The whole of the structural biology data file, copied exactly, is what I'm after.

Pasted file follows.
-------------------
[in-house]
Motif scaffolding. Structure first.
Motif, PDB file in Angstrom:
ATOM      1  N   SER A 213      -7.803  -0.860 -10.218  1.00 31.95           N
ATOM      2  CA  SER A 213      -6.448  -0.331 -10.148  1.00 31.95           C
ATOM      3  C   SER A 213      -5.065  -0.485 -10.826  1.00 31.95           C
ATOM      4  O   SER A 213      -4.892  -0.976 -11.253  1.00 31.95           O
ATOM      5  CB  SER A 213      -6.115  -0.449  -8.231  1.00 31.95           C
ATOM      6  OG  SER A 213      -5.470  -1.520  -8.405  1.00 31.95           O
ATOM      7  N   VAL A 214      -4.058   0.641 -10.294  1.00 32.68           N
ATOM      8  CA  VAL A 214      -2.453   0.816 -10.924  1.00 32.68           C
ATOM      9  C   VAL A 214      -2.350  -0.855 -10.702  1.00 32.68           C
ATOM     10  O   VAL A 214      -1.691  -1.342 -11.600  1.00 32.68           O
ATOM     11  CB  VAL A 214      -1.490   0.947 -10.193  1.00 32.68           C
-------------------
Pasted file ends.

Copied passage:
[in-house]
Motif scaffolding. Structure first.
Motif, PDB file in Angstrom:
ATOM      1  N   SER A 213      -7.803  -0.860 -10.218  1.00 31.95           N
ATOM      2  CA  SER A 213      -6.448  -0.331 -10.148  1.00 31.95           C
ATOM      3  C   SER A 213      -5.065  -0.485 -10.826  1.00 31.95           C
ATOM      4  O   SER A 213      -4.892  -0.976 -11.253  1.00 31.95           O
ATOM      5  CB  SER A 213      -6.115  -0.449  -8.231  1.00 31.95           C
ATOM      6  OG  SER A 213      -5.470  -1.520  -8.405  1.00 31.95           O
ATOM      7  N   VAL A 214      -4.058   0.641 -10.294  1.00 32.68           N
ATOM      8  CA  VAL A 214      -2.453   0.816 -10.924  1.00 32.68           C
ATOM      9  C   VAL A 214      -2.350  -0.855 -10.702  1.00 32.68           C
ATOM     10  O   VAL A 214      -1.691  -1.342 -11.600  1.00 32.68           O
ATOM     11  CB  VAL A 214      -1.490   0.947 -10.193  1.00 32.68           C